Welcome to Hollywood |
directed by Tony Markes
& Adam Rifkin
Fresh from a rousing success in a Chicago production of Charlie and the Chocolate Factory, actor Anton Markwell (Tony Markes) arrives in Hollywood sans agent, sans movie deals ... and, unfortunately, sans much talent. He, of course, doesn't know this. He's a firm believer in the school of thought that, if you try hard enough, you can become famous.
Producer/director Adam Rifkin is convinced of that, too. So he sets out to make a documentary charting Markwell's rise to stardom.
Those opening hopes of Welcome to Hollywood, a mockumentary written and directed by Rifken and Markes, soon deteriorate, despite their best efforts at auditioning prospective actors to follow around, at renaming Markwell to a more marquee-friendly Nick Decker, at introducing him to agents and producers, at finding him a famous girlfriend to garner publicity. It's all in the same vein as This is Spinal Tap, and, while not nearly as much fun, it has its moments.
Spinal Tap was wonderful because those musicians were oblivious to their obliviousness. They truly thought they were the next rock gods.
Nick Decker thinks he can make it, but, as played by Markes, he doesn't have the same bluster, the same ego, that made Spinal Tap outrageous. He's slow, he's dense and, while that fits the character, it makes caring what happens to him doubly difficult.
Hollywood, as put forth by Markes and Rifkin, is the kind of place where perception is everything, especially when no one has any preconceived notions of what to expect from you. Decker is prepped and primped by Rifkin, taken under his wing and tugged out into the real-life paparazzi cameras.
There, he's encouraged to accost Laurence Fishburne on the Academy Awards carpet to improvise a scene that will be used in his audition reel. He has a party thrown in his honor at Sundance Film Festival, and he's sent on auditions. Rifkin's desperately hoping to chart Decker's ascent into Tom Cruise's realm, but it's soon obvious that the actor he's chosen just doesn't have what it takes.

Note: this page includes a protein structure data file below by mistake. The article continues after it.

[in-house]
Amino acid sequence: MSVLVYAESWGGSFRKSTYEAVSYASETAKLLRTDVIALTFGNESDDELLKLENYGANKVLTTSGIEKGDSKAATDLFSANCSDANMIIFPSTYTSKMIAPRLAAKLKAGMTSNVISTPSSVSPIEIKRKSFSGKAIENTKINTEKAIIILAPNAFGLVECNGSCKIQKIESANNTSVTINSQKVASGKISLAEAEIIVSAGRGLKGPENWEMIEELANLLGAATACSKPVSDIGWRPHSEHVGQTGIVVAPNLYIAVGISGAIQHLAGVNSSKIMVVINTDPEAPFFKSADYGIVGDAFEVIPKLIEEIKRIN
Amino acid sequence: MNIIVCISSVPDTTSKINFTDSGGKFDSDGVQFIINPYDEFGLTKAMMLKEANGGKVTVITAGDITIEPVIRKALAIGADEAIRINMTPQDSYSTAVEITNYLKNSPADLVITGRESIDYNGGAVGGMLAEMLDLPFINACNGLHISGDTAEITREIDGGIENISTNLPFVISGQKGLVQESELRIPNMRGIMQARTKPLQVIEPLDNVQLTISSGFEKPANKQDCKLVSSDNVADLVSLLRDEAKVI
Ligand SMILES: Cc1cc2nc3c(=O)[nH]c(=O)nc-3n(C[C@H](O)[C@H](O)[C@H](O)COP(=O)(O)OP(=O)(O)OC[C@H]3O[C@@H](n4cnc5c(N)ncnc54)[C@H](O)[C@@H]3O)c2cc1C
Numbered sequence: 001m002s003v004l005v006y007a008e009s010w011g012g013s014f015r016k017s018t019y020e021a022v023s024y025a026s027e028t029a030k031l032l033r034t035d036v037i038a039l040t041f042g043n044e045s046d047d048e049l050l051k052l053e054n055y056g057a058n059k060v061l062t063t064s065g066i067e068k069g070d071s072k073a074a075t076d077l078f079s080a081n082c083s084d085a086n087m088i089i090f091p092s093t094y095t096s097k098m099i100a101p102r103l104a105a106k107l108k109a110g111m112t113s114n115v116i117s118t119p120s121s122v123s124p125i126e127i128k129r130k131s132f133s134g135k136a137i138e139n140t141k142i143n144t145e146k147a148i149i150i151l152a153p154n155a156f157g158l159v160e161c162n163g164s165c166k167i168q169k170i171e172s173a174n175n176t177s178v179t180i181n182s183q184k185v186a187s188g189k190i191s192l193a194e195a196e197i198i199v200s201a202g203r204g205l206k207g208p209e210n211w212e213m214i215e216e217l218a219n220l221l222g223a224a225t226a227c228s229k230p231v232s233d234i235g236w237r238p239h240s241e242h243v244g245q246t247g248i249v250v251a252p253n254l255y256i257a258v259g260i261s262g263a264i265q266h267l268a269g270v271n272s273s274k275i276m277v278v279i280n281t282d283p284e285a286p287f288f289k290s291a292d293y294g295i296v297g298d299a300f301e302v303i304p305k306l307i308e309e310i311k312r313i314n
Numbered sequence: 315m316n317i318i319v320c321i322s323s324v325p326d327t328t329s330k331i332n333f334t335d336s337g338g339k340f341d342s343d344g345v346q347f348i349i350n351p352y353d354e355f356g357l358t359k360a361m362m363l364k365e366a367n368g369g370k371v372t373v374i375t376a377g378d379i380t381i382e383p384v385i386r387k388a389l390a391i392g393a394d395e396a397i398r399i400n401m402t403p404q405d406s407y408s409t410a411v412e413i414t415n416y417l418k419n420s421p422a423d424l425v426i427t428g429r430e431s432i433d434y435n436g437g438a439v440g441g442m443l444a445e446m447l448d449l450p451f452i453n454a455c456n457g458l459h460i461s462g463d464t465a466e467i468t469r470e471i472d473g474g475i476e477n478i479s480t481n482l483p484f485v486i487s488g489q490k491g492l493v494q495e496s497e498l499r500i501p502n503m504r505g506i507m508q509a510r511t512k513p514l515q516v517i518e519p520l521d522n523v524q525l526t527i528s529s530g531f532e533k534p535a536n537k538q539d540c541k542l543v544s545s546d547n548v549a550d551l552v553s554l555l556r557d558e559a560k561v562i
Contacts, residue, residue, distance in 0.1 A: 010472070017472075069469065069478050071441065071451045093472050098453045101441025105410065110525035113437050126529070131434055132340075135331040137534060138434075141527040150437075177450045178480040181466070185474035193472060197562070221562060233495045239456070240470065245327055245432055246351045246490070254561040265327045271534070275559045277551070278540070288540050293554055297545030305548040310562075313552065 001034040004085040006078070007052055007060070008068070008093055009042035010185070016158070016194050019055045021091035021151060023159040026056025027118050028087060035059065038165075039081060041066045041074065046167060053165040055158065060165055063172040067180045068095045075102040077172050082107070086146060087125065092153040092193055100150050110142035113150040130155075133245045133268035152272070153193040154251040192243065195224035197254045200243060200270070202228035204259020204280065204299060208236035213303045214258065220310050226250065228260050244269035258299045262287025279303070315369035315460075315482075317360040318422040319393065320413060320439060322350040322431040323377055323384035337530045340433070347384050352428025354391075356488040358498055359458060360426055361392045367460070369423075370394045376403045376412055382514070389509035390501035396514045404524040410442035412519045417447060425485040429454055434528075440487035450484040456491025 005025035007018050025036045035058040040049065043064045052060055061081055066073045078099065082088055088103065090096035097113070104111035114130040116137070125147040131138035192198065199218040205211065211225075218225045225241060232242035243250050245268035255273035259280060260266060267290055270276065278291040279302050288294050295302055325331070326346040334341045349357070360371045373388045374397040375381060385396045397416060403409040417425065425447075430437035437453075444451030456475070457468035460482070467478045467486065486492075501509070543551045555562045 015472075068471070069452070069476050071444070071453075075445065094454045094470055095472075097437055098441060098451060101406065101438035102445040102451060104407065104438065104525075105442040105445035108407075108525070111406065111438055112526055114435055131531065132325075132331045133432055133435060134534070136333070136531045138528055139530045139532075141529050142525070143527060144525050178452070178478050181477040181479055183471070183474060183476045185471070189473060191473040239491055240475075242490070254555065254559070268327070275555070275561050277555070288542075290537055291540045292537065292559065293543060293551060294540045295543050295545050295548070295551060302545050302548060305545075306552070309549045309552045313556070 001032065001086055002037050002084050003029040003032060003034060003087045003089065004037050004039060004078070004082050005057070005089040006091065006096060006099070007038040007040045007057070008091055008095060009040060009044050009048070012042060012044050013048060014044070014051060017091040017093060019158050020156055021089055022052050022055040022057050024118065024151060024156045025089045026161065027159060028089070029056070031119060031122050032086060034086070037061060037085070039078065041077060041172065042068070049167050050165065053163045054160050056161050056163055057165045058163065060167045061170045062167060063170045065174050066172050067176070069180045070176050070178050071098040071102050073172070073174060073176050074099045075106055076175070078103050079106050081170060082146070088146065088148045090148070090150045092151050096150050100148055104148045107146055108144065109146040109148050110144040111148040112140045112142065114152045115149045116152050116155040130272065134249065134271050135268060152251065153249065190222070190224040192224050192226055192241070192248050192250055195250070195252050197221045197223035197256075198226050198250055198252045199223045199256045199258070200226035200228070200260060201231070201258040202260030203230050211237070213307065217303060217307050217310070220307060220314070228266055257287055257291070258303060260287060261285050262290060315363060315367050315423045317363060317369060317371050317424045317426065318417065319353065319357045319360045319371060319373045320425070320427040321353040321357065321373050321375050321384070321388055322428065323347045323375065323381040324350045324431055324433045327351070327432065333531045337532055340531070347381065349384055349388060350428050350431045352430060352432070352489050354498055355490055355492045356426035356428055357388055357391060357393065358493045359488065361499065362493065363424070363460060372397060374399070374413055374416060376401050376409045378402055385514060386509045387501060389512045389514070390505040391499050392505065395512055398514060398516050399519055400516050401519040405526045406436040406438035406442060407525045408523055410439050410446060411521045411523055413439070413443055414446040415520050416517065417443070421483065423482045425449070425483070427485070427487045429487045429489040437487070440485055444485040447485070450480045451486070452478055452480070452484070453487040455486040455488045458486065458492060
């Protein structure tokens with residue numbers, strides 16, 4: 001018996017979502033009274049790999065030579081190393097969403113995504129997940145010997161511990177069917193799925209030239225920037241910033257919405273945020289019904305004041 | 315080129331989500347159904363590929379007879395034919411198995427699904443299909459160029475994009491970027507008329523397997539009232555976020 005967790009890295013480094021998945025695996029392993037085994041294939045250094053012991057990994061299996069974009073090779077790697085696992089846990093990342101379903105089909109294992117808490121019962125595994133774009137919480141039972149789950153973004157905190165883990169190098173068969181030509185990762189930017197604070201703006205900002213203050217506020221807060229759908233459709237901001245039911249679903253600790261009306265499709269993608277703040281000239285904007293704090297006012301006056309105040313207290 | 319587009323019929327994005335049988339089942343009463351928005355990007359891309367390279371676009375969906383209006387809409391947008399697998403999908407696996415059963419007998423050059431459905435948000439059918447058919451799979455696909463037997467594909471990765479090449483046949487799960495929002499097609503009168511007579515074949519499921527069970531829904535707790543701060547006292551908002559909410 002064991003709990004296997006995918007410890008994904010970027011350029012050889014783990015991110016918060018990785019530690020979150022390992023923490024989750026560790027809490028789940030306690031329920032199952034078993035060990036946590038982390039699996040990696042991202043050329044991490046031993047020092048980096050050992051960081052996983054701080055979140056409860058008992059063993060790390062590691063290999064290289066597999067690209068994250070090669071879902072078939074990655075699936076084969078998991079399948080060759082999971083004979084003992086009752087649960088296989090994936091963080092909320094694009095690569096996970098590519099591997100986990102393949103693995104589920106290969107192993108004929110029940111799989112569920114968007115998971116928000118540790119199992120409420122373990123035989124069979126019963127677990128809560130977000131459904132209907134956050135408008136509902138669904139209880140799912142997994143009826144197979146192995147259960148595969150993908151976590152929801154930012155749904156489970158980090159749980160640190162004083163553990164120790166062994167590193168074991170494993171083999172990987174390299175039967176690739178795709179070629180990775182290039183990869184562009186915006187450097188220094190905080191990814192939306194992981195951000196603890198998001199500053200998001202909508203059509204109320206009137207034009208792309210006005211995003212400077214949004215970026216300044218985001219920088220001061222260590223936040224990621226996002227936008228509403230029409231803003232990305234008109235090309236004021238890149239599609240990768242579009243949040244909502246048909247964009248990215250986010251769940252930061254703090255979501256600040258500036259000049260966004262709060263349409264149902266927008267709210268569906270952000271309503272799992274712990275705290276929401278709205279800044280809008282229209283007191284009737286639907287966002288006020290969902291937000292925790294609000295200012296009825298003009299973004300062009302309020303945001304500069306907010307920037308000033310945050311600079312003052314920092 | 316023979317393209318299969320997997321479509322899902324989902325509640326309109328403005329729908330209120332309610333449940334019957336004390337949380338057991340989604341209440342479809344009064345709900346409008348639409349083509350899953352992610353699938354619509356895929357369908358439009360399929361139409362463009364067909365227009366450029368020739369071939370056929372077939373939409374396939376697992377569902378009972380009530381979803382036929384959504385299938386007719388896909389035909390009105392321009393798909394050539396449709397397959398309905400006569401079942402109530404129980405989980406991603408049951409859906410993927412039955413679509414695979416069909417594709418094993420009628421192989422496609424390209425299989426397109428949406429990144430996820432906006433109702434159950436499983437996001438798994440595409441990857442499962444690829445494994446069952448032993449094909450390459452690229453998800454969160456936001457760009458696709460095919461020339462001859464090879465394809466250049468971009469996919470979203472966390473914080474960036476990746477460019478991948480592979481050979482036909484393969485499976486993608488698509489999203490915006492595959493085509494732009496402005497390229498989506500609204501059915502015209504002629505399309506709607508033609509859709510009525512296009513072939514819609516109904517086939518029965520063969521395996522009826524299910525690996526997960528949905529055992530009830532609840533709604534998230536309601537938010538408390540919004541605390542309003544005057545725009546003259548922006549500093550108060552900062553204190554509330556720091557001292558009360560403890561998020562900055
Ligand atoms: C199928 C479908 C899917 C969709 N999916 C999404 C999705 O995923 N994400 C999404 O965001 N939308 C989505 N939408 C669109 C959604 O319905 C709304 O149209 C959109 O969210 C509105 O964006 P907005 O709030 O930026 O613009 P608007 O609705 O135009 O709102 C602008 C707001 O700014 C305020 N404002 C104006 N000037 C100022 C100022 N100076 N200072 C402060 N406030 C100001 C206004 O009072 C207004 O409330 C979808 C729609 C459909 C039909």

So, in true Hollywood fashion, if talent isn't enough, try publicity. Rifkin hires Angie Everhart (Sylvester Stallone's ex) to play Decker's girlfriend in the "documentary." She's recently married, so soon everyone in Hollywood wants to know who Angie's new mystery man is.
As Decker's life spirals into one humiliation after another, Rifkin's associates urge him to pull the documentary's plug. He has another project in the wings -- a movie called Denial, (Rifkin's next project in real life, as well) -- and he eventually abandons Decker's plot line for a more profitable one.
There are some wonderful moments in Welcome to Hollywood: An audition for Baywatch forces Decker to strip down to his undies and run in slow motion, just like they do on the show. At the printer's to pick up his new headshots, Nick Decker instead gets 1,000 black-and-whites with "Dick Necker" printed boldly across the bottom.
And he admits to Rifkin he wants to be famous so he can have a wax figure of his very own in a museum.
It's all a 90-minute gloss of lightweight fun -- not Spinal Tap but probably a better reflection of true Hollywood than most movies about that town. A bonus is the dozens of cameos, some credited, some not, of Hollywood heavyweights like John Travolta, Cuba Gooding Jr., Halle Berry, Peter Fonda and Salma Hayek.
[ by Jen Kopf ]